Now...about that last point. It's pretty clear that Honda Civic sun visors are defective. Surely, they've known about this for a while now. And yet, the 2008 Civic - the third year of the "8th generation" model - was still equipped with a defective visor. I would have thought this would have been fixed by the time we got around to the 3rd year, wouldn't you? Apparently not. And, there's no safety recall, either, nor will there ever be one, because Honda does not consider this to be a "safety issue". Make your own judgment on that one.

Personally, I think fitting new cars with visors they know are defective is a scam to make money. When I called one local Honda dealer to see if I could get free (or even discounted) replacement, the representative knew off the top of his head how much it would cost to replace a broken sun visor. That's a pretty good sign that a) this is in fact a very widespread problem, and b) Honda and its dealers are making decent coin off of their crappy sun visors. I would think that sun visors are such an inexpensive product (relative to most car parts) that Honda would just go ahead and replace them for free in order to keep customer satisfaction. I guess they decided customer satisfaction wasn't worth it.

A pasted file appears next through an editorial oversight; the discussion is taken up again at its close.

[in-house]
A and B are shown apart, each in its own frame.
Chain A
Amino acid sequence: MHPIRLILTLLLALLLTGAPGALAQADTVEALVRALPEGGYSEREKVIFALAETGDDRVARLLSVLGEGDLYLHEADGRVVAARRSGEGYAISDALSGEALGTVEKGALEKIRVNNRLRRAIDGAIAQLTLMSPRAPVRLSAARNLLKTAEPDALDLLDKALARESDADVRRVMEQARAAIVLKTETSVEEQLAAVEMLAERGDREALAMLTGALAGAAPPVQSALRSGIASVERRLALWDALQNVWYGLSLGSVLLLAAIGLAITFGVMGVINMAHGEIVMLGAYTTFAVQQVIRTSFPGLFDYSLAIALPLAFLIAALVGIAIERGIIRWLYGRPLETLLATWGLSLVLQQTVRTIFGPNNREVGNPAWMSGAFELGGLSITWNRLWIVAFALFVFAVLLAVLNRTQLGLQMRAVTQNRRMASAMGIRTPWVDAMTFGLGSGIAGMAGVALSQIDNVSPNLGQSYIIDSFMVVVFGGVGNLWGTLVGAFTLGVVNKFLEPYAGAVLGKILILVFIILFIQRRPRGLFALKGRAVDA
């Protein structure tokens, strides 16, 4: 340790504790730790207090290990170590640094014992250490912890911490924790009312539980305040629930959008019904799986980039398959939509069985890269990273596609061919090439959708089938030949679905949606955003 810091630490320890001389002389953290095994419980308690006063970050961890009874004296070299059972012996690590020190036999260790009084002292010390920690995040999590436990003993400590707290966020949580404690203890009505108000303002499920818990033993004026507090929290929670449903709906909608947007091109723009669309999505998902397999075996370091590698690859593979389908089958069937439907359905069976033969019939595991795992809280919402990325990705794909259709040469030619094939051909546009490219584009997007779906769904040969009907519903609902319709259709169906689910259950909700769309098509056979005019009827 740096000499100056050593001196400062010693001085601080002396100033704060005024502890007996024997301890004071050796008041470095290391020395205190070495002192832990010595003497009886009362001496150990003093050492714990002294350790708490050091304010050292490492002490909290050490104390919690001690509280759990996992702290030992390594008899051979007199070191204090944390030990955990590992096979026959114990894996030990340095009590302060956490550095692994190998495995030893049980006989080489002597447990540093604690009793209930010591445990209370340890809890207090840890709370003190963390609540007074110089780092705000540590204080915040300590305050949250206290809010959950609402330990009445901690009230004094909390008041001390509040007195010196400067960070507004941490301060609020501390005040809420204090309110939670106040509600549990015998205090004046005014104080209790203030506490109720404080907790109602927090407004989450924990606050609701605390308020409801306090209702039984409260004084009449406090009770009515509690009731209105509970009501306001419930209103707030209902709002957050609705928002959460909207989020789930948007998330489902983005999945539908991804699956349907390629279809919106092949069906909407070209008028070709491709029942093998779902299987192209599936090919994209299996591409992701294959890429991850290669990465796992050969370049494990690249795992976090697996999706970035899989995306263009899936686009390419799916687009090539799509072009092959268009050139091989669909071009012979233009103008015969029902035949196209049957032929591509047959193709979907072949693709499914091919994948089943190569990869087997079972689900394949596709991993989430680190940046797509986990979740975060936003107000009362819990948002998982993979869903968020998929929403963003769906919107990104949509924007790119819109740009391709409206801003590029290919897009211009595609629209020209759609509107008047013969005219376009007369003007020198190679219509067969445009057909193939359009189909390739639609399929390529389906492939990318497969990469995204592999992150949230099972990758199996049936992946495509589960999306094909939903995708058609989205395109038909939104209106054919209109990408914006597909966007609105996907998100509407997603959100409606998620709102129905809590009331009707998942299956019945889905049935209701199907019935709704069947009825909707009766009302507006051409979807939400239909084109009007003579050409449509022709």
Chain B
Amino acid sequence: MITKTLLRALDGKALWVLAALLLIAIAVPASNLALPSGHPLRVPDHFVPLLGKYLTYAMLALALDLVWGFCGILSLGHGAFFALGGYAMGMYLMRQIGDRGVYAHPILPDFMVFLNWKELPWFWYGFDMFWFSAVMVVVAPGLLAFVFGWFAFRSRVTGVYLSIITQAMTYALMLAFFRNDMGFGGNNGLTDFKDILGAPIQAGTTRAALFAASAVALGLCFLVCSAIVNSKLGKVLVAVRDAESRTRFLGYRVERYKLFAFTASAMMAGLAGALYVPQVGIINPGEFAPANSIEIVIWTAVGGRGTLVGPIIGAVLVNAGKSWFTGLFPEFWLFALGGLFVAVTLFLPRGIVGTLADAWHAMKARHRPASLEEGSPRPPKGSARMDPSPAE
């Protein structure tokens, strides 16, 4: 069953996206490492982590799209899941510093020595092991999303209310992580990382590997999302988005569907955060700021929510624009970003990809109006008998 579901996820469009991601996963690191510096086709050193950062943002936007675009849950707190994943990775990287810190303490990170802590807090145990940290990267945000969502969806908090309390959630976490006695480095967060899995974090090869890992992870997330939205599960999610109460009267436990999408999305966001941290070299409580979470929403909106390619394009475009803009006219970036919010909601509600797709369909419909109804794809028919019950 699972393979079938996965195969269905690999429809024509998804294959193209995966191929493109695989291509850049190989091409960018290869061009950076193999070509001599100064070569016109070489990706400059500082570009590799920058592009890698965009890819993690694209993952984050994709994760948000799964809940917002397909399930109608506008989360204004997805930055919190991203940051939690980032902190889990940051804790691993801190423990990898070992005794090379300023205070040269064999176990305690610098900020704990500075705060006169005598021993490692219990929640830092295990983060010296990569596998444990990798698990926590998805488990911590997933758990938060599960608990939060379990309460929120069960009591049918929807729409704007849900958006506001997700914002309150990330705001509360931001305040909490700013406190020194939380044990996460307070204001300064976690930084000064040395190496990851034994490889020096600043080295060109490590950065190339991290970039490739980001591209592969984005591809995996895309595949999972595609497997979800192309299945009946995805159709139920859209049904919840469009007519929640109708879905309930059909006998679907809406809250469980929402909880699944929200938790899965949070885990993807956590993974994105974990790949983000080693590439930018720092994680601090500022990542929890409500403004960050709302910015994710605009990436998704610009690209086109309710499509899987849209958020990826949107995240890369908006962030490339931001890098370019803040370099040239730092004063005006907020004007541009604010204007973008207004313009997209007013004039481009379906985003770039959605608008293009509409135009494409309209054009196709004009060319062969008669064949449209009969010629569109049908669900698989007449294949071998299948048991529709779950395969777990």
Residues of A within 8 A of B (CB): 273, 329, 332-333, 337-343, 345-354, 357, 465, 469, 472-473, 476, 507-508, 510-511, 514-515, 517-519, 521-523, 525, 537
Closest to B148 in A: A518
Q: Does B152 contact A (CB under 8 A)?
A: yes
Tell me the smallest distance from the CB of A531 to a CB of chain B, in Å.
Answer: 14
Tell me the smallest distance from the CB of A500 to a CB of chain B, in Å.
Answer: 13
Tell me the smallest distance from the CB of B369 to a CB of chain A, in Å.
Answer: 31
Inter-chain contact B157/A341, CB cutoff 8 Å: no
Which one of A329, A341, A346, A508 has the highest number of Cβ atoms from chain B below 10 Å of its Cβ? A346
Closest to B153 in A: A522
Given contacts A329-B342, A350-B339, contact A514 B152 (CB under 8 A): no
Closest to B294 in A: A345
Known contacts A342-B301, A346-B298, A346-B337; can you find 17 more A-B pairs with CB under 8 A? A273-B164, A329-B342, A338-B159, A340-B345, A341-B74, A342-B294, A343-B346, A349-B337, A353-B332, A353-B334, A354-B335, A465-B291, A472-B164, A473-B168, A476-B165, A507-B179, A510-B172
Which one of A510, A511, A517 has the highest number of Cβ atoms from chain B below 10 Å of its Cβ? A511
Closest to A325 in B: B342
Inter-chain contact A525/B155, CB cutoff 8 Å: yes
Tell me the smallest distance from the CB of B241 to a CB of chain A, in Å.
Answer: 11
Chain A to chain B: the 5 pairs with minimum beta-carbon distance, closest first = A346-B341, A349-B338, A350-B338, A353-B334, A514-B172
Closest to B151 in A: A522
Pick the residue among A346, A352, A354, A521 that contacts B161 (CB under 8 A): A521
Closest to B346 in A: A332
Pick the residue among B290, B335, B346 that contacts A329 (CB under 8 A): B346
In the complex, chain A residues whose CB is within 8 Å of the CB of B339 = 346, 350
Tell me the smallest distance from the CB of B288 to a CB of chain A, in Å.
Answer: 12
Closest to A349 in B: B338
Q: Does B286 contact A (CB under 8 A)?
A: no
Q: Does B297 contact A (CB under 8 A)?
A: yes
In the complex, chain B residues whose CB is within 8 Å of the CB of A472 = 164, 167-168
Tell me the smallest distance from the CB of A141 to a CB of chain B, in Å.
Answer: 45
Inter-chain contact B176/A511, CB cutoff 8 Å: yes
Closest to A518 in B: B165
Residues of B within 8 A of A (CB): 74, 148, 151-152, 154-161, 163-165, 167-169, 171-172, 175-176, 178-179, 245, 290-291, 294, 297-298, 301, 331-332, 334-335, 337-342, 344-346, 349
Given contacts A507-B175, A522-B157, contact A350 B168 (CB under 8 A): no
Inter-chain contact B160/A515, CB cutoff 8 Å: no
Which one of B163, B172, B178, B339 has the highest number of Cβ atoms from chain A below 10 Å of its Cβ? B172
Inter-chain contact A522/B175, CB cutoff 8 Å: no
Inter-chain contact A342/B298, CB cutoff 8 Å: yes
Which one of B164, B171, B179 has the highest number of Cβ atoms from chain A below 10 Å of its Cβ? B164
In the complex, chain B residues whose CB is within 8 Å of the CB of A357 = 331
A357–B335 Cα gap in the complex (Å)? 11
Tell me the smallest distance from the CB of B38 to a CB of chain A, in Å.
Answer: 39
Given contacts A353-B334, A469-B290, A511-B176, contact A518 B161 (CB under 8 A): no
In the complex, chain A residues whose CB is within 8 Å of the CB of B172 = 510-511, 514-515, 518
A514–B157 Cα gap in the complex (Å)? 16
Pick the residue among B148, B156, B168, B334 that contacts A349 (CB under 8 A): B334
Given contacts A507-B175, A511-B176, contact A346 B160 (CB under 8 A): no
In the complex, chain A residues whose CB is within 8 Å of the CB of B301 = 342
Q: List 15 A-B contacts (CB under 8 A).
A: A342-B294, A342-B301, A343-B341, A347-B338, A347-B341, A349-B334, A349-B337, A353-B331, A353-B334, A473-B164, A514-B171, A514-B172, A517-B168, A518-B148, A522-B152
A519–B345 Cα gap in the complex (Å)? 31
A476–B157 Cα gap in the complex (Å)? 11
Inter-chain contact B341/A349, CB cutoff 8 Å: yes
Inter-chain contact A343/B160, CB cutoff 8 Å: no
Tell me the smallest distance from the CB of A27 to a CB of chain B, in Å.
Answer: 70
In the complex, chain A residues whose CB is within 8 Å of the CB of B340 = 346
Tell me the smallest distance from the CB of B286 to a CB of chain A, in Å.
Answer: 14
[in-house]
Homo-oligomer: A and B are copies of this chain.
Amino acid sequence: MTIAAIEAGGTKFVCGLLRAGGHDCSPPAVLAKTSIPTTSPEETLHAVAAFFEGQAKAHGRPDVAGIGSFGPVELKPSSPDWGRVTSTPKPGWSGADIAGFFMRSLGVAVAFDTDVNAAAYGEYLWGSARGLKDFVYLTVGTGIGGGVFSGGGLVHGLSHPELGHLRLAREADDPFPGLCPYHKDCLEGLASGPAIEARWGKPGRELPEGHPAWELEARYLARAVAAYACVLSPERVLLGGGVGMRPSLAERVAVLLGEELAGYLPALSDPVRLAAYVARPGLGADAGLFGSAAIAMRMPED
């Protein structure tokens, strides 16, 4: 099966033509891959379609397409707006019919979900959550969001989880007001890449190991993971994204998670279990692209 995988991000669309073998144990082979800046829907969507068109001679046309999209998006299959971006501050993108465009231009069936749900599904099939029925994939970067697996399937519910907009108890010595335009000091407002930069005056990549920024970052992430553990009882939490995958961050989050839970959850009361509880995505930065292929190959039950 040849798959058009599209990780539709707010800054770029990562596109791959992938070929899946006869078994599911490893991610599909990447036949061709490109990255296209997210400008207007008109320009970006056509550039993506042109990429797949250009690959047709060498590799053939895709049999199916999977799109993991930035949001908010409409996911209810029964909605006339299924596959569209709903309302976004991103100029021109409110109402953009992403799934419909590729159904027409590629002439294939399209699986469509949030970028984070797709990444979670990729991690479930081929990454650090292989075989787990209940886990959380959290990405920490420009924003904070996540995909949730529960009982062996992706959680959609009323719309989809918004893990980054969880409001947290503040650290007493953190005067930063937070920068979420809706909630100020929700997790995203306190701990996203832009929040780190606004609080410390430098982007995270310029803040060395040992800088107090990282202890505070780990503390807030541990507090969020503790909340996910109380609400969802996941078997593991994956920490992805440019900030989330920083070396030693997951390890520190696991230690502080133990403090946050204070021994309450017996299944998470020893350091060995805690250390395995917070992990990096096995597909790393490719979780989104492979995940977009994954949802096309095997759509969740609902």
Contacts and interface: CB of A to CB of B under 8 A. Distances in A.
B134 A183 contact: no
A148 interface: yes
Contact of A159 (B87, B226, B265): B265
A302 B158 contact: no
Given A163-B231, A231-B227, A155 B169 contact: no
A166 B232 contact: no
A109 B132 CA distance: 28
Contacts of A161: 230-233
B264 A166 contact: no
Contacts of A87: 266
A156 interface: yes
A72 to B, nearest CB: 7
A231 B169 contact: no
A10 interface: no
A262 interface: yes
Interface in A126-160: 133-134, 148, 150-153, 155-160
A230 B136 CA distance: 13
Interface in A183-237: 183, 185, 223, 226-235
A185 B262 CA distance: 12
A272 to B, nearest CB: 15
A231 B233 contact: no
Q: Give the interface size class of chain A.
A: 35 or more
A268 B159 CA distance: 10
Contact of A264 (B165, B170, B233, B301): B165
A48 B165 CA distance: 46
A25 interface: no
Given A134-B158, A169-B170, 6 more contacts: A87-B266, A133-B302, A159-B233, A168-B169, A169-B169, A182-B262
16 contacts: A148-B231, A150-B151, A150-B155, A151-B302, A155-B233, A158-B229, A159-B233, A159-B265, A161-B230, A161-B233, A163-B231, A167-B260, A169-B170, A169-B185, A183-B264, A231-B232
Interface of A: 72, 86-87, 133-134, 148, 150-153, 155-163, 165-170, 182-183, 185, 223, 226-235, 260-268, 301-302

Well, is it worth it? We'll have to see on that one, at least for me. This incident does make me a little less likely to buy another Honda. On the other hand, this is a pretty minor car problem to have, in the grand scheme of things. It isn't a broken transmission, or "unintended acceleration". If my car makes it to 150,000 miles and beyond without too much trouble, I will probably buy another Honda. If the sun visor is the first problem of many to come, then I'll be shopping around. So...we'll see.

What's done is done, so...what do I do about it? Do I pay up and have the visor replaced, even though the new visor could just as easily break too? Instead of going through that procedure, I decided to try my own solution. The visor is still functional; the only problem with it is that it doesn't stay flush to the ceiling by itself. Here's our (potential) solution: